Bracelet with Duck's-head Terminals
- Persia, Achaemenid period
- Mid-6th to 4th centuries B.C.
- Gold with lapis lazuli, agate, and carnelian
- H-8.3 D-1.4 W-8
The massive bracelet is more or less a smaller, simplified version of catalogue number 40. The ducks are reduced to protomes with their heads turned back in a typical Achaemenid fashion.1 The bracelet is constructed of hollow gold tubing, and the duck protomes were formerly elaborately inlayed with colored stones. One duck bill is made of agate, the other of carnelian.2 The ducks were both made separately and were in all likelihood originally joined together at their breasts. In order to put on the bracelet, the birds could be separated from the circlet by removing the rivets.
The bracelet type is preserved in much simpler versions of bronze or golden wire,3 and details like the turned heads resting on the animals' backs seem truly Achaemenid, but a certain naturalistic tendency, already noted in connection with catalogue number 40, along with the concept of a removable part may point to a later period and attribute our piece to the circle of Achaemenizing art fashioned in the Hellenistic period.4 It must be stressed, however, that at the moment, this is nothing but a hypothesis.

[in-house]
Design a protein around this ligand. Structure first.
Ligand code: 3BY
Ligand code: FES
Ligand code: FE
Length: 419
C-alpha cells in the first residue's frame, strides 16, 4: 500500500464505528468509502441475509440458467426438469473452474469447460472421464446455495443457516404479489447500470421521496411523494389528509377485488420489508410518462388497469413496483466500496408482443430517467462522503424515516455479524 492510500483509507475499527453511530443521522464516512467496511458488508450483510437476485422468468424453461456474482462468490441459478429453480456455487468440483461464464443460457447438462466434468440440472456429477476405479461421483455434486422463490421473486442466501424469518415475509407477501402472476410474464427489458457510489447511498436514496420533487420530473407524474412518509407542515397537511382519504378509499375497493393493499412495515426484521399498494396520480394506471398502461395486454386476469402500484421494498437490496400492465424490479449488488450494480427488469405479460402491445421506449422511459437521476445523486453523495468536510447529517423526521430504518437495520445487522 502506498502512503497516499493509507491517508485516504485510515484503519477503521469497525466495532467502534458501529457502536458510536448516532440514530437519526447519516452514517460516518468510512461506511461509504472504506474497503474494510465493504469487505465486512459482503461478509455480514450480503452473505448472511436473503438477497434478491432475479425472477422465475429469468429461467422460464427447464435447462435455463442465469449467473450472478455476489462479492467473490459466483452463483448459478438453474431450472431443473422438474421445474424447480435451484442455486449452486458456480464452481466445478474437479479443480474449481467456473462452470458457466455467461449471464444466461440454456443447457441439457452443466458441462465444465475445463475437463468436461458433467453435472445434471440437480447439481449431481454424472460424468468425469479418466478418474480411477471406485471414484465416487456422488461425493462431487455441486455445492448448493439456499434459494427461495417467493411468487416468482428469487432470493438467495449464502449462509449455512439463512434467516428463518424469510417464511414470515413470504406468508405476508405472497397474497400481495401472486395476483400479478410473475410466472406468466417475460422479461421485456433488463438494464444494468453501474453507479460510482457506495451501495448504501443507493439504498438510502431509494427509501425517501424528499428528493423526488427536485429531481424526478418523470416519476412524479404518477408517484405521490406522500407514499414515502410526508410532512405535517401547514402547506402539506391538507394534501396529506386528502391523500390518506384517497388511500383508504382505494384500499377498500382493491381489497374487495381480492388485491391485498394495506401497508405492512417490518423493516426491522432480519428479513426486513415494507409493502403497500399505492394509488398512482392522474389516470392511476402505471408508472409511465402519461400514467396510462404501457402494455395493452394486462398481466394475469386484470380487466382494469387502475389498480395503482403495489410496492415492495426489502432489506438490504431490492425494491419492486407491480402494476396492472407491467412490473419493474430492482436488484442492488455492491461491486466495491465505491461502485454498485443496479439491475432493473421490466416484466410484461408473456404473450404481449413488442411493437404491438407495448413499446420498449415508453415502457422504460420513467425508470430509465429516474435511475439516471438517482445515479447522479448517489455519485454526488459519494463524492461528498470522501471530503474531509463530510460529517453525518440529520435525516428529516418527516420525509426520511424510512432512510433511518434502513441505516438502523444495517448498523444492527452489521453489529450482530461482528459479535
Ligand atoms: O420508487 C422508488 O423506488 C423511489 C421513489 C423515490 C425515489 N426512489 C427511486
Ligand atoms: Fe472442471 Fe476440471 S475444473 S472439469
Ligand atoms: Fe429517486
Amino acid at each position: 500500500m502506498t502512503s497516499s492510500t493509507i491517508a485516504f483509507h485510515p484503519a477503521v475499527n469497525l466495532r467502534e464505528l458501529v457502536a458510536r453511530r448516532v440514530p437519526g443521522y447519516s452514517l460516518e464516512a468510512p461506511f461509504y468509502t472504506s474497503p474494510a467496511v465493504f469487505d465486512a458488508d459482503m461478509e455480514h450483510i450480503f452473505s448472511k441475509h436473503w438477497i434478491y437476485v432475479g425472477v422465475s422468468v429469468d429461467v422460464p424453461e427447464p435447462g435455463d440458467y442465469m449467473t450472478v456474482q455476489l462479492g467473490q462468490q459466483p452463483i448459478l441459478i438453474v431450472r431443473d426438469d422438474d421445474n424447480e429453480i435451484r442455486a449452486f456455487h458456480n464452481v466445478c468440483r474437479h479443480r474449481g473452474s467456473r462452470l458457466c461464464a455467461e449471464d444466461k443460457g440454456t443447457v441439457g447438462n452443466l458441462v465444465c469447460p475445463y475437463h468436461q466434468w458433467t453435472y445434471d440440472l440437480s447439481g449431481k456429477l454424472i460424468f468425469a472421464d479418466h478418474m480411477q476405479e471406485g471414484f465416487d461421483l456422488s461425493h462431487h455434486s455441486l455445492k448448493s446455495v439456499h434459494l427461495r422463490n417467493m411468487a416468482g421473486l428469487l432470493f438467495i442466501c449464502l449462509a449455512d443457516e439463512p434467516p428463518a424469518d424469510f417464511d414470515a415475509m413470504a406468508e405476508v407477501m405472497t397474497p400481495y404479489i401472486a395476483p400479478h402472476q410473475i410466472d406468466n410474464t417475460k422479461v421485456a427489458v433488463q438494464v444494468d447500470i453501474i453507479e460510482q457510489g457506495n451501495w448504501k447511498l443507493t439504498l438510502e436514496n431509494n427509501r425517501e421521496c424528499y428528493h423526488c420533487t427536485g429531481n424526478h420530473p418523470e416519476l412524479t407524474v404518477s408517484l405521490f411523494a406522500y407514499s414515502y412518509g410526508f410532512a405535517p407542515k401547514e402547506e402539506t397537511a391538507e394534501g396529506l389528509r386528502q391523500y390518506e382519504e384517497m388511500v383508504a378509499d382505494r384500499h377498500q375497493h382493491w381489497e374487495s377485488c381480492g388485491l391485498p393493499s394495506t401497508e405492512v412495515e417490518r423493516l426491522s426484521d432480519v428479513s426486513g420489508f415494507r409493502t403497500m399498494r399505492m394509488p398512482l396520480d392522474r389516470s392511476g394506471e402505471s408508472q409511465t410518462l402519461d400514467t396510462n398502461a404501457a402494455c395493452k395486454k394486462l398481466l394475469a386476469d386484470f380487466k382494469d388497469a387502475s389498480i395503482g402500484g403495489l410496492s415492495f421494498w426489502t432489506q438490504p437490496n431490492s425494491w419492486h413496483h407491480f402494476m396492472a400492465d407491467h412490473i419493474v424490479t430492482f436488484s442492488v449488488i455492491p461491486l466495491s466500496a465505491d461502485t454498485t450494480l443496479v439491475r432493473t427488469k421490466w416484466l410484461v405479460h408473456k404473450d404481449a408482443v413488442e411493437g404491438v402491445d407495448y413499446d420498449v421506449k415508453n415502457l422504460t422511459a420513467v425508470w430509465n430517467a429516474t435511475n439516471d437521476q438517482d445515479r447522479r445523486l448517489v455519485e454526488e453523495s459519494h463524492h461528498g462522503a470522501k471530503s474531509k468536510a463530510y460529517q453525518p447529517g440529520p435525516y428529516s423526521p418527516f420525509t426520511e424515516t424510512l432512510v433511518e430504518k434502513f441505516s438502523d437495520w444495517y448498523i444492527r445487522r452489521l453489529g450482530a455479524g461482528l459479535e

1. See cat. no. 40, n.4.
2. For the question of authenticity of the bills see the technical note in Metropolitan Museum 1996, p. 187.
3. Musche 1992, pls. 97.2; 113.1,1; Arne 1962, p. 15, fig. 14 (possibly from Luristan). A golden bracelet of alleged "Amlash-provenance" in Teheran: Maxwell-Hyslop 1971, p. 205, pl. 161. Especially worth noting is a pair thin of bronze bracelets from Bard-i Bal (Iran) that have complete animals with turned-back heads: Iranica Antiqua 1973, pl. 21. The turned heads likewise occur on two bracelets of thick gold wire from the Oxus treasure in London, British Museum: Dalton 1969, p. 38, no. 142, pl. 19. For the problematic chronology of this treasure see Pfrommer 1990b, pp. 121-23.
4. See cat. no. 40, n.7.